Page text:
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Todd Snider on the cover of his new album, The Excitement Plan, which features a song about Dock Ellis.

Trips to the mound are no big deals in baseball, as they happen all the time. Trips on the mound, well, that's a different story, one that left-field troubadour Todd Snider relays so well with America's Favorite Pastime , an easy-breezy folk ode to the late Dock Ellis, from Snider's first-rate, country-blues flavoured new album The Excitement Plan .

As legend has it, Ellis, an iconoclast like Snider, pitched a gem under the unforeseen power of LSD for the Pittsburgh Pirates against the home team San Diego Padres on June 12, 1970. The game's box score will show halos, as in zeros, under the hit column for the Padres - no swatted balls for them went for singles, doubles, triples or big flys. Better baseball through chemistry? Barry Bonds, Roger Clemens and Alex Rodriguez - modern ball players, alleged steroid users all - have nothing on the quirkily outspoken Ellis, the rare athlete who was a counter-culture crossover hero.

Dock Ellis didn't think he was pitching that day back in 1970/ When he and his wife took a trip to the park a little bit differently . The idea for Snider's song came to him while he was backstage at a jam-band hippie-style festival. One of the performers intended to play his show with the help of hallucinogens, which got Snider to thinking: "What if other people did that before they had to work?" Snider, a baseball fan, did a little bit of research - "I pulled up the box score, I got my innings right" - but mostly "it just sort of fell out," he says from his Nashville home.

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America's Favorite Pastime isn't the first song about Ellis's nutty no-no (San Francisco indie-rocker Barbara Manning, with her baseball-referencing band S.F. Seals, wrote one, as did singer-songwriter Chuck Brodsky), but Snider's ball-diamond ditty is more than just a recap. The chorus - "You can't judge a book" - has to do with the snap evaluations people make on the drug-taking youth of the world. "I never understood that," says Snider, not always clean and sober himself, "so I'm sticking up for all those 20-year-olds who get [messed]up at festivals."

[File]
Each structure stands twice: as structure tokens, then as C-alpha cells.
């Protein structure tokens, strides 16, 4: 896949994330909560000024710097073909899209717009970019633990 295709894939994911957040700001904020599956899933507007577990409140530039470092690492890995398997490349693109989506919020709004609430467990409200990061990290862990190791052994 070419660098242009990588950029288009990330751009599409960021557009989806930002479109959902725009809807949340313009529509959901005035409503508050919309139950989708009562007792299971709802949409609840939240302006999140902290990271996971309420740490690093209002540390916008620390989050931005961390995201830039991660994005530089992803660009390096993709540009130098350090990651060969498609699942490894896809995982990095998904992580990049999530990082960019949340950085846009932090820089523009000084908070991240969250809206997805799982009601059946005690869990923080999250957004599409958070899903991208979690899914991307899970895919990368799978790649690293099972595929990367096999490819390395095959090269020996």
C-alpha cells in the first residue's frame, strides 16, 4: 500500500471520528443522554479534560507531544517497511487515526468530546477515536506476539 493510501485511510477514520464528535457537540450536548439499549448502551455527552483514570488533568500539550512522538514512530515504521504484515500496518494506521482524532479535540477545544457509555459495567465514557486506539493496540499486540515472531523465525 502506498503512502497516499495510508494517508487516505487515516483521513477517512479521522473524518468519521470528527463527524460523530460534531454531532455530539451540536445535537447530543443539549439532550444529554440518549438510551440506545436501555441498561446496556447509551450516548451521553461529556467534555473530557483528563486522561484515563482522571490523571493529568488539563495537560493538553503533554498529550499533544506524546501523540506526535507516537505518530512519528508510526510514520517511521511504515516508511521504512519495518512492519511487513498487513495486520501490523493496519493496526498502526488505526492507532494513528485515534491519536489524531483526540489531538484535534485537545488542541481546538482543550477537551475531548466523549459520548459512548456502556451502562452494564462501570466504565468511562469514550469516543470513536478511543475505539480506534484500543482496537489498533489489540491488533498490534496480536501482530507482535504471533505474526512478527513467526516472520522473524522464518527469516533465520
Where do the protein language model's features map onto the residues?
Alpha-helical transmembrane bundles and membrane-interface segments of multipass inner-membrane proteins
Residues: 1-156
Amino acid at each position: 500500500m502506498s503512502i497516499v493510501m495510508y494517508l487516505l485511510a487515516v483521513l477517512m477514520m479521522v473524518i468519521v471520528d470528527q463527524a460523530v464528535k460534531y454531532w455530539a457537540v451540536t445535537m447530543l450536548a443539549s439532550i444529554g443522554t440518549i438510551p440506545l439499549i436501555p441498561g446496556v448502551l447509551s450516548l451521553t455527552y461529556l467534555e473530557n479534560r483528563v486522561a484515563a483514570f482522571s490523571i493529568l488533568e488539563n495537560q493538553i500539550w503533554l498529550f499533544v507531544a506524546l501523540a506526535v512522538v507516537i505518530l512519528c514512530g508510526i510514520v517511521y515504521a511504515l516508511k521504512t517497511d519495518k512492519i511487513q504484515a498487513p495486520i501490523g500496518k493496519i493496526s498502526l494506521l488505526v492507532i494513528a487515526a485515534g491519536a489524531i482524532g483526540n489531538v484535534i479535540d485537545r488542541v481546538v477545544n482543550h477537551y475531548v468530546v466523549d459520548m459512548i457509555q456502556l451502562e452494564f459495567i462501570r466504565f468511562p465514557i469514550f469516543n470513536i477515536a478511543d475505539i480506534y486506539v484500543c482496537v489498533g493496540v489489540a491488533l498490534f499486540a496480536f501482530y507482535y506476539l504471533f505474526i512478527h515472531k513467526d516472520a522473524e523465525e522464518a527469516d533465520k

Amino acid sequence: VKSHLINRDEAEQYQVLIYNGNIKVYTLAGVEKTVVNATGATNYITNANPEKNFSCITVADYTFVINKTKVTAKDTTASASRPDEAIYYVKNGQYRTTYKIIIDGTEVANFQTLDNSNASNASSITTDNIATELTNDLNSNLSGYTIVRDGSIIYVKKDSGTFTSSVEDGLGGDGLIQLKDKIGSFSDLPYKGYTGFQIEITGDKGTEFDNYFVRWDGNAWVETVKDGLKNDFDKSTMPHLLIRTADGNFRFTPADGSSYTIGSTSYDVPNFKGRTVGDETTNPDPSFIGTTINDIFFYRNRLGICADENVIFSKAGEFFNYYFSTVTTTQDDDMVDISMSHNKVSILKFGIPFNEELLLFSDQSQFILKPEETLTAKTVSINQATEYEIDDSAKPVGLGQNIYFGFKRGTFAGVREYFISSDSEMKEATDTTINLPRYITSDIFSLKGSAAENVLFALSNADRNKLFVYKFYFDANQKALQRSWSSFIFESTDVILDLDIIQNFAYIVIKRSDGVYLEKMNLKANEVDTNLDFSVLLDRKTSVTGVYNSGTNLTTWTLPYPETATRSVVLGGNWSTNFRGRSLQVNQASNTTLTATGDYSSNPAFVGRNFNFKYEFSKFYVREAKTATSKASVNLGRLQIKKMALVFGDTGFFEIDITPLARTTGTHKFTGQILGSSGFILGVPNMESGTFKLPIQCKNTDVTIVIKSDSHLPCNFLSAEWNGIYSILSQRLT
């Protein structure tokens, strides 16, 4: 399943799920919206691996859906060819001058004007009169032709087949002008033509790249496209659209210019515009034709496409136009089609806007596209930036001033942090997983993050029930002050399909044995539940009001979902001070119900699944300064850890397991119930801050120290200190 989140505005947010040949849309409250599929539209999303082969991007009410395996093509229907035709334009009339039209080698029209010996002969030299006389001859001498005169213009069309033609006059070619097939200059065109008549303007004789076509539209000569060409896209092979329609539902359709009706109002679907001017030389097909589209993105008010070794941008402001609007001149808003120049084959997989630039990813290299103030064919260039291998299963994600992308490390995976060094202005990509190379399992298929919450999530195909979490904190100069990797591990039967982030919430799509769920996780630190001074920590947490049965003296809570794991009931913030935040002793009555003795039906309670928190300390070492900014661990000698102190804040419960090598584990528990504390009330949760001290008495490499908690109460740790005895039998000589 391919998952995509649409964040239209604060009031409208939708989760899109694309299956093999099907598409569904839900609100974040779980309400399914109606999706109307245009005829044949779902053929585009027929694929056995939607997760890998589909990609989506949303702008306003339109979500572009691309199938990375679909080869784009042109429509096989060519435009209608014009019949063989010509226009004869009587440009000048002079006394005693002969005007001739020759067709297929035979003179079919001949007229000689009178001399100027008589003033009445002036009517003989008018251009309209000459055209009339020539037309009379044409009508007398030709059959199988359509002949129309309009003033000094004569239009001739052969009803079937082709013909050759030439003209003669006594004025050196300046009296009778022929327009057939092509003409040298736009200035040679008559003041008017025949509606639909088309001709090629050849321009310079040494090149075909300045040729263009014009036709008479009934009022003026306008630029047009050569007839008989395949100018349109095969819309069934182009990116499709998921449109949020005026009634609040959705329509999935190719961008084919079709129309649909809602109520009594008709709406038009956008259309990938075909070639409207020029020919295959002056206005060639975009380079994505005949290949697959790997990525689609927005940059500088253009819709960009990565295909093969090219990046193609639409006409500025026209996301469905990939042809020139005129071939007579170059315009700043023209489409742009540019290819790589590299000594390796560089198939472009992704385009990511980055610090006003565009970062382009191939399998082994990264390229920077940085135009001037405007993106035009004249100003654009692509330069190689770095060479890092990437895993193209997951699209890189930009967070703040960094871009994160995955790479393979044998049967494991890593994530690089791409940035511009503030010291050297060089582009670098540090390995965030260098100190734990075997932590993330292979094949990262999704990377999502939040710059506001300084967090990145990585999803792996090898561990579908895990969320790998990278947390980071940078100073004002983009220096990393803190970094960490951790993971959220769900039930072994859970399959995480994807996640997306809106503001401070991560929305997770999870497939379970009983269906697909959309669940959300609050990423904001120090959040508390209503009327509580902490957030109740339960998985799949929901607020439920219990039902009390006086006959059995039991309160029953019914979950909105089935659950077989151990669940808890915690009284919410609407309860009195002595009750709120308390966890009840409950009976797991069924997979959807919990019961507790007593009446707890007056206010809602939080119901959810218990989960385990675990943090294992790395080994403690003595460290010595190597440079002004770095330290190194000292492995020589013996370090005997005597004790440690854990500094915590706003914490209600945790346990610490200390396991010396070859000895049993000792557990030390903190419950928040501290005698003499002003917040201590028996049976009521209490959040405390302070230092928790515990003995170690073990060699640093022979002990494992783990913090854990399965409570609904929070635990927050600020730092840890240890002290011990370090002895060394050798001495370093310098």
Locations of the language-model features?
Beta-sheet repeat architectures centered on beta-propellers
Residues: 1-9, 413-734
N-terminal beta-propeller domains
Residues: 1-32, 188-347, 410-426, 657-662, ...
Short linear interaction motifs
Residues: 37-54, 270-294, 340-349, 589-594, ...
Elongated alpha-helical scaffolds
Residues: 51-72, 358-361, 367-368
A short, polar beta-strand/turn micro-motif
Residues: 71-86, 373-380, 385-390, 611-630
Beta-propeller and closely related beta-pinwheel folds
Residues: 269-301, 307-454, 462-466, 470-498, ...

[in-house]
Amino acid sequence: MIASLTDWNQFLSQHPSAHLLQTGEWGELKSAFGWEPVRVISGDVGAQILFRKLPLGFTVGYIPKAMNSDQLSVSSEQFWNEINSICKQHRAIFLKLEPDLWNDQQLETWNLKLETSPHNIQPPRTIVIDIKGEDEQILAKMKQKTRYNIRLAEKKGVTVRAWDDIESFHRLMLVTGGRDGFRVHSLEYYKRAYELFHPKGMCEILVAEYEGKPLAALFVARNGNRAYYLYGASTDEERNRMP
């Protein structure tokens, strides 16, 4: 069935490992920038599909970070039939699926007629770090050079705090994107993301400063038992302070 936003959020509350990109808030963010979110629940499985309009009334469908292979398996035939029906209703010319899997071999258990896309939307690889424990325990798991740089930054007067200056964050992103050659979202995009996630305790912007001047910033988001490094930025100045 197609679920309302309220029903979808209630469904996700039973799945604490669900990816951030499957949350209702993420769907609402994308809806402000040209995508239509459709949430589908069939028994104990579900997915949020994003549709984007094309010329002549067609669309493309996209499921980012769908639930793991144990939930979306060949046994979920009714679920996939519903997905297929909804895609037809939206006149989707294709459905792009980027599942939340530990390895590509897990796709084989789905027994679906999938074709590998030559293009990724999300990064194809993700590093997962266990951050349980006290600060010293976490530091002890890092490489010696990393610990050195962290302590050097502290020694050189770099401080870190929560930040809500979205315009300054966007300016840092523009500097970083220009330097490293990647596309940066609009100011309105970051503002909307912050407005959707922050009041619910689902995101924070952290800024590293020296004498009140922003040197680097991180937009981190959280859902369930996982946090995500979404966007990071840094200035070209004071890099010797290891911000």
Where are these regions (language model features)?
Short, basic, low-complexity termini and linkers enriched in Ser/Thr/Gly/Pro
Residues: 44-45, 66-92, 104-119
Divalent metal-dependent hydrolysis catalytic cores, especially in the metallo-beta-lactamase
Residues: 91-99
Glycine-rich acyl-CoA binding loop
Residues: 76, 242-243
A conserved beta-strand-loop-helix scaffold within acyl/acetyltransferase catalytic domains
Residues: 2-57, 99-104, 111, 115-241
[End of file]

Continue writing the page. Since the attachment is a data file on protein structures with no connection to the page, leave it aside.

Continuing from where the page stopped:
By the time he mowed the last man down, he was high as he'd ever been/ Laughing to the sound of the world going around, completely unaware of the wind . Since his acclaimed debut Songs for the Daily Planet in 1994, Snider has been something of a long-haired Will Rogers - a plain-spoken philosopher, a drinking companion, a wry social commentator, a common man's champion. He sees Ellis, a reformed alcoholic who died late last year of cirrhosis of the liver, as an "ill-prepared type of person." Does he see LCD as a performance enhancing drug? "Well, Dock Ellis did just fine."

(In his account of the game, the maverick pitcher himself later could only remember euphoria and pieces of the game, recalling that "sometimes the ball was small and sometimes it was large, and that sometimes I saw the catcher, sometimes I didn't.")

Ellis worked with future U.S. poet laureate Donald Hall on a book, Dock Ellis in the Country of Baseball , published in 1976. In it, Hall wrote, "In the country of baseball, the magistrates are austere and plain-spoken. Many of its citizens are decent and law-abiding, obedient to their elders and the laws of the community. But there have always been others - the mavericks, the eccentrics, the citizens of independent mind. They thrive in the country of baseball."

Hall was speaking of Ellis, of former Montreal Expo Bill (Spaceman) Lee, of author-pitcher Jim Bouton, of Dick Allen and of outfielder Curt Flood, who took Major League Baseball to court for its labour policies. The irreverent Snider thrives, too. With his Dock Ellis song, he's hit another one out of the park.

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